As a final step, the mapping configuration on the Integration Options page should be verified to ensure that the default configuration suits your business needs. I have covered our mapping configuration setup and options in the fourth installment to this blog series, as well, in the event that more advanced customizations are needed. Beyond this, I also want to note that marketing lists do not synchronize from CRM to Dynamics Marketing by default. To synchronize your marketing lists to Dynamics Marketing, you will first need to edit the respective form(s) in CRM by navigating to Settings -> Customizations -> Customize the System -> Entities -> Marketing List -> Forms, opening the form(s) into the form editor window, adding the custom “Sync Enabled” field to it/them, and then saving/publishing the change. After this is complete, the field will appear on marketing list records in CRM and the value can be changed to “Yes” for those lists that should be synchronized with Dynamics Marketing.

With the entirety of our configuration now complete, we are ready to perform an Initial Synchronization to mirror the records between the two environments. As it is somewhat resource-intensive across both applications, it is recommended that an Initial Synchronization be performed outside of normal business hours if you have a significant number of records in either environment. To begin the process, click the “right arrow” icon in the right area of the Initial Synchronization section and click “Yes” at the resulting window to acknowledge the prompt. At this point, the status will change to “In Progress” and the “Result” value will begin incrementing on a periodic basis to reflect the total number of records sent between the two environments. When the Initial Synchronization is finished, the status will change to “Complete”:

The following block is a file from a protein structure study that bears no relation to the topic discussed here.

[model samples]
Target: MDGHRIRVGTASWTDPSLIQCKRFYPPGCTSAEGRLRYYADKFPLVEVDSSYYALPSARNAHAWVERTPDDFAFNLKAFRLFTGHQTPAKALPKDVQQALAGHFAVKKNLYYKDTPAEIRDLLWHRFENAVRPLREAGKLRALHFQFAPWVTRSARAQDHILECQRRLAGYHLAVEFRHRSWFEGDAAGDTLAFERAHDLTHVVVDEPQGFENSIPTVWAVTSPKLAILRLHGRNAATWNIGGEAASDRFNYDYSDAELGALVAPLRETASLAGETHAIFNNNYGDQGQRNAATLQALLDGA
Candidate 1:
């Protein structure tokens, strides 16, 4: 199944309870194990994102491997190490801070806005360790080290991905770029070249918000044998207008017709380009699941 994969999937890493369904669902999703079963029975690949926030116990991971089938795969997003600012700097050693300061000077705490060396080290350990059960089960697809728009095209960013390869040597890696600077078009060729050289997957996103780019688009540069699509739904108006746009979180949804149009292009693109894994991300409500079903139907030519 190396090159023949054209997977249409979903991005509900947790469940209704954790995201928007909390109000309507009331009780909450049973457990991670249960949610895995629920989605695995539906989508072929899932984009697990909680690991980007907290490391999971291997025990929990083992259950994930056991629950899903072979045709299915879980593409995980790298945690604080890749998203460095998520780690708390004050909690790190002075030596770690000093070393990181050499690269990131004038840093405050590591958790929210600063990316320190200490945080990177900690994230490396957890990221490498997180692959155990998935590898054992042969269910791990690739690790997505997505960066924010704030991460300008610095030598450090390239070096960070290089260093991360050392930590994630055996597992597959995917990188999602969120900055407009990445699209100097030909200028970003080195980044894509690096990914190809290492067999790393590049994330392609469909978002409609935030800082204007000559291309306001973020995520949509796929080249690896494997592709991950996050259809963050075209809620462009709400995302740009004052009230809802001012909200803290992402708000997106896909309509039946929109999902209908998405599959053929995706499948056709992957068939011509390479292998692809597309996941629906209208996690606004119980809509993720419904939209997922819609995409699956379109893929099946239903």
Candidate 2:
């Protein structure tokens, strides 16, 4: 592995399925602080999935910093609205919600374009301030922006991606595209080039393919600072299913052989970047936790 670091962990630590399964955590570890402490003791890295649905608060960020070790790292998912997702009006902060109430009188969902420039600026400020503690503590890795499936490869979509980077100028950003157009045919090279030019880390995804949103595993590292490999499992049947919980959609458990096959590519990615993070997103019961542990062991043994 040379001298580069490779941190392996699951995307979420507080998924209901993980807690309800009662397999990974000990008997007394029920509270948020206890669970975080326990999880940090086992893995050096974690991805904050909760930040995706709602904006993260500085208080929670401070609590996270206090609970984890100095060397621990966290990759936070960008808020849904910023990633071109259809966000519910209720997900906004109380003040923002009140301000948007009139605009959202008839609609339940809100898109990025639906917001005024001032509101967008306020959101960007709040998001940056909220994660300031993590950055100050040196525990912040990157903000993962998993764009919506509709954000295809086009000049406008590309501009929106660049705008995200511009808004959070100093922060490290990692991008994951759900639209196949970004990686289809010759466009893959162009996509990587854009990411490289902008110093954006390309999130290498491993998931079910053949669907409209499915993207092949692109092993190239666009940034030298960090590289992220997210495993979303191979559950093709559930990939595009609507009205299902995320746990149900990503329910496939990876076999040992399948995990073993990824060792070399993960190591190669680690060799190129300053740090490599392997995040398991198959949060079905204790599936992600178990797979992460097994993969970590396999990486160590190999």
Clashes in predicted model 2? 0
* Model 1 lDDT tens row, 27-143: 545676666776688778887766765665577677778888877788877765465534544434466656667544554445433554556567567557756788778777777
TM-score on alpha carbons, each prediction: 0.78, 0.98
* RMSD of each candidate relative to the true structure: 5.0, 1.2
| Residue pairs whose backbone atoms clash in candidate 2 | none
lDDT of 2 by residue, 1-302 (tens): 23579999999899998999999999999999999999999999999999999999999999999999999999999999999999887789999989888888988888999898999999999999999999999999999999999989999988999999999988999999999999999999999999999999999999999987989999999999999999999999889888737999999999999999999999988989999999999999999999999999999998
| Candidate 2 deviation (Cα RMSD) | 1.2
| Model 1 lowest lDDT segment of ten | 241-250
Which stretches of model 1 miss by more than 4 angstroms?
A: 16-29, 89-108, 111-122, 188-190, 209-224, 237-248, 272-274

At this point, records from all entities that were enabled for synchronization should be present in both environments. All records that flowed from Dynamics Marketing to CRM will be owned by the service account that we set up in CRM, while all records that flowed from CRM to Dynamics Marketing will be owned by a custom “CRM SYNCHRONIZATION ACCOUNT” integration user.

For additional information on configuring the connector or its mappings, please refer to our TechNet article - "Connect Microsoft Dynamics CRM 2013 and 2015 with Microsoft Dynamics Marketing".